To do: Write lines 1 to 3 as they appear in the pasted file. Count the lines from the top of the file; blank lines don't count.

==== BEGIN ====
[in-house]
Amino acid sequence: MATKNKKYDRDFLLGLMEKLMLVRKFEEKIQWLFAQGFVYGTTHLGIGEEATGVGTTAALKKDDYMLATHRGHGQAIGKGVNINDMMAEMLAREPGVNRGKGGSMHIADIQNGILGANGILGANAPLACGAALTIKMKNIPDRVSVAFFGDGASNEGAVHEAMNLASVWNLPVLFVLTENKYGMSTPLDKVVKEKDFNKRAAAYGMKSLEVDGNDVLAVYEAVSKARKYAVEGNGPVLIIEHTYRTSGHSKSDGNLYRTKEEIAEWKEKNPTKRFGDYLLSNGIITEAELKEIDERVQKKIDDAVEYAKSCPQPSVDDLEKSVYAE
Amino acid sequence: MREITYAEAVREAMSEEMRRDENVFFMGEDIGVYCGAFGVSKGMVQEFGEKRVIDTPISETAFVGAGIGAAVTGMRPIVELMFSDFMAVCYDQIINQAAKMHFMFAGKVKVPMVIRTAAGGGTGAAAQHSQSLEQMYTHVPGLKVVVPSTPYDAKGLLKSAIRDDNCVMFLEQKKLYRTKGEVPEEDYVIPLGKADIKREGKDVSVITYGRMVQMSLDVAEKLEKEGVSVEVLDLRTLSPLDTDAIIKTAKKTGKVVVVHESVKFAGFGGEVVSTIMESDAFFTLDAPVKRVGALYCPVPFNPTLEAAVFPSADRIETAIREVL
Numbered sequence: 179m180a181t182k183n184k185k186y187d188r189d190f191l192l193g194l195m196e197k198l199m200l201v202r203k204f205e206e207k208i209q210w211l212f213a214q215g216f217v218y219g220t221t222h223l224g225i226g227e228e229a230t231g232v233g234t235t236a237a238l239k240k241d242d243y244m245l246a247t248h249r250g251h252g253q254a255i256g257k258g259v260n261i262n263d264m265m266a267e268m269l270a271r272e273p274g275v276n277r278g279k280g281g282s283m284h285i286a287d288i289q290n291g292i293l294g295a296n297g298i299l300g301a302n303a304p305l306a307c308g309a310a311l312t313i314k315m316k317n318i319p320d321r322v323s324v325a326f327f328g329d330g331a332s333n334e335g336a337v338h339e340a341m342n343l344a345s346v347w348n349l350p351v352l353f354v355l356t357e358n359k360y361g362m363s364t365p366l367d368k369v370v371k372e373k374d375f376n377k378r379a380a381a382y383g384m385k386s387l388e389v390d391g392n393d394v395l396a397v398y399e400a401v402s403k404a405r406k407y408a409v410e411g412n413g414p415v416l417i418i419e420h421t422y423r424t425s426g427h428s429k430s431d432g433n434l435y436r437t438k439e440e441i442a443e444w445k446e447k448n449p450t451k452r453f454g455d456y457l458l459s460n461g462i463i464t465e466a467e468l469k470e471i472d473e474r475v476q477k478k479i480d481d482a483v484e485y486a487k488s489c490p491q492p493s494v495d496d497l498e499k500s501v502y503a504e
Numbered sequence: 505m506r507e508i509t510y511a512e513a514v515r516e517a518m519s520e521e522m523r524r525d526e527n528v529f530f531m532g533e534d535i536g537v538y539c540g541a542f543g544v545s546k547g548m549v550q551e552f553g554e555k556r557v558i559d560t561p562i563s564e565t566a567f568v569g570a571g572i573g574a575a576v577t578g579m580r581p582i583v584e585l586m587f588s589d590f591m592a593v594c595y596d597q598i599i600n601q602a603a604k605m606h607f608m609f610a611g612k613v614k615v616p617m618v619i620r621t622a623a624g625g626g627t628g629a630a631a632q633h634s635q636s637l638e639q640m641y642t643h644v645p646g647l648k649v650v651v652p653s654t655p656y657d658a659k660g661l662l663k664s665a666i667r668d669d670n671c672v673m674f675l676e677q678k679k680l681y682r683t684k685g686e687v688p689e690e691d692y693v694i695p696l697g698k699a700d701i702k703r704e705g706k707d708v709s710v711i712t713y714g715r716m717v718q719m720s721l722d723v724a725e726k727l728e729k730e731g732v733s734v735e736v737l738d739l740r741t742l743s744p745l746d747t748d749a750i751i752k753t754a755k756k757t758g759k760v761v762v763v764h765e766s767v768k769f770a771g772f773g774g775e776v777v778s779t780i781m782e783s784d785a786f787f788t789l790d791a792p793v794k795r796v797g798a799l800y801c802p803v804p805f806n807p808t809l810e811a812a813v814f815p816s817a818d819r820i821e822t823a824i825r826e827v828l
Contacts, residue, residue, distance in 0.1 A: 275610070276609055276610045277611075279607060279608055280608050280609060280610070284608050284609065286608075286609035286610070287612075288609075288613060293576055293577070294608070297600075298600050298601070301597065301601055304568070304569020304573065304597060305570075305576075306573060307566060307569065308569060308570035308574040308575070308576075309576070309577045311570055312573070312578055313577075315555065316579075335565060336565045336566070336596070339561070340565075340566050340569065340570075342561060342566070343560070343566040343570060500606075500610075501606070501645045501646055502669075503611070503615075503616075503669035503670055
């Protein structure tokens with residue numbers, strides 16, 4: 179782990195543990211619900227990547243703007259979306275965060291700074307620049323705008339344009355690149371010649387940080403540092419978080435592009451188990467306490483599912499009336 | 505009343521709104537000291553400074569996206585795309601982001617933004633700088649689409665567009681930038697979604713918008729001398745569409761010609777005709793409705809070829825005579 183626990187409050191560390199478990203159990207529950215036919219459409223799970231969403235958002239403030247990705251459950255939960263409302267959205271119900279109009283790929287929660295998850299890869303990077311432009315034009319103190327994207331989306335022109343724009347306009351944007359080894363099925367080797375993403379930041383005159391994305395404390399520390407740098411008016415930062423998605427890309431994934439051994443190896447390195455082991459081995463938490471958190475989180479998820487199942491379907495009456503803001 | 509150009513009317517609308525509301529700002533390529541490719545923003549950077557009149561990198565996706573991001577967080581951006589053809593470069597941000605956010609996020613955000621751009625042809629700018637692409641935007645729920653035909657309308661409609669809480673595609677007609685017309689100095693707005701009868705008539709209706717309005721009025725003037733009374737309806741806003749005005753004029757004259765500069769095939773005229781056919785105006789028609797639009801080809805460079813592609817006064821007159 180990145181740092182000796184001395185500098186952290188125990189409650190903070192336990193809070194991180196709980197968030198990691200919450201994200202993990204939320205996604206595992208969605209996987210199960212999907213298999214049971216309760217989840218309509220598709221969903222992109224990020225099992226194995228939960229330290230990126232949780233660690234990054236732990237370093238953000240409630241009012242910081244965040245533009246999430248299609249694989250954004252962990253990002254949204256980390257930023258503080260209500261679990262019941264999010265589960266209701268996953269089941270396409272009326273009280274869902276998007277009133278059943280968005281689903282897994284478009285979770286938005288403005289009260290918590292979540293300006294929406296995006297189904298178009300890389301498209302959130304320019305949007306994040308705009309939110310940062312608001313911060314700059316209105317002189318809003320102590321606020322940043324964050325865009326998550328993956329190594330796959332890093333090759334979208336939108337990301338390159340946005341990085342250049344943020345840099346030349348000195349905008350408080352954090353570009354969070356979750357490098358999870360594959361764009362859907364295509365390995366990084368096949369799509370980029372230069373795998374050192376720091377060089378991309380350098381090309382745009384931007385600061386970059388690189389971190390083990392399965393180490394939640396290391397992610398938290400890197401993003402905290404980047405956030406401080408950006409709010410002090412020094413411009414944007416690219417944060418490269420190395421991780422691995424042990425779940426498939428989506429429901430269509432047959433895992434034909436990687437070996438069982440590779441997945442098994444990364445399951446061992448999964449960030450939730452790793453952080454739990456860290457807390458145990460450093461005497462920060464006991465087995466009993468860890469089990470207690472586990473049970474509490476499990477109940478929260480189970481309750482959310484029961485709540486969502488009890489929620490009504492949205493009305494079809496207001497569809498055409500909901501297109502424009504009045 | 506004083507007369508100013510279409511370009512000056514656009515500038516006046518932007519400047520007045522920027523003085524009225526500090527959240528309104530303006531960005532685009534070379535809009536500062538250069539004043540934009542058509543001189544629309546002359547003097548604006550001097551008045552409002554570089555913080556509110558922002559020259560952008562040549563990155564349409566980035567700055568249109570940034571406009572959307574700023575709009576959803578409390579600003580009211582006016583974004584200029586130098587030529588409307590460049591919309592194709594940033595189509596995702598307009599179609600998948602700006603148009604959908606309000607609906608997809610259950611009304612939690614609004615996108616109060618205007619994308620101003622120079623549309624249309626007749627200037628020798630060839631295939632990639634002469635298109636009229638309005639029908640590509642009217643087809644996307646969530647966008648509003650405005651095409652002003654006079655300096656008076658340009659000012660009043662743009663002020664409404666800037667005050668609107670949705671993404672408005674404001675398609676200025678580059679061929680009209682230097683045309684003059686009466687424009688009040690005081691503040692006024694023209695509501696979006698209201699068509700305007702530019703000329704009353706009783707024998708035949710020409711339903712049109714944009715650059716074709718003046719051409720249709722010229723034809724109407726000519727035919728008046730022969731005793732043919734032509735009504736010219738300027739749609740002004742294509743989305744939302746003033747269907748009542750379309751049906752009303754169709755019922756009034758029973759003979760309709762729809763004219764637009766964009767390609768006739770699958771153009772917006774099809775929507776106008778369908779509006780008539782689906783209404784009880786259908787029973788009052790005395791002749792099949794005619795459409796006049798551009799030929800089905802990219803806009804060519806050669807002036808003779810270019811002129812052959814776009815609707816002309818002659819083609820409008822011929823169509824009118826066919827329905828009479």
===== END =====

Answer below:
[in-house]
Amino acid sequence: MATKNKKYDRDFLLGLMEKLMLVRKFEEKIQWLFAQGFVYGTTHLGIGEEATGVGTTAALKKDDYMLATHRGHGQAIGKGVNINDMMAEMLAREPGVNRGKGGSMHIADIQNGILGANGILGANAPLACGAALTIKMKNIPDRVSVAFFGDGASNEGAVHEAMNLASVWNLPVLFVLTENKYGMSTPLDKVVKEKDFNKRAAAYGMKSLEVDGNDVLAVYEAVSKARKYAVEGNGPVLIIEHTYRTSGHSKSDGNLYRTKEEIAEWKEKNPTKRFGDYLLSNGIITEAELKEIDERVQKKIDDAVEYAKSCPQPSVDDLEKSVYAE
Amino acid sequence: MREITYAEAVREAMSEEMRRDENVFFMGEDIGVYCGAFGVSKGMVQEFGEKRVIDTPISETAFVGAGIGAAVTGMRPIVELMFSDFMAVCYDQIINQAAKMHFMFAGKVKVPMVIRTAAGGGTGAAAQHSQSLEQMYTHVPGLKVVVPSTPYDAKGLLKSAIRDDNCVMFLEQKKLYRTKGEVPEEDYVIPLGKADIKREGKDVSVITYGRMVQMSLDVAEKLEKEGVSVEVLDLRTLSPLDTDAIIKTAKKTGKVVVVHESVKFAGFGGEVVSTIMESDAFFTLDAPVKRVGALYCPVPFNPTLEAAVFPSADRIETAIREVL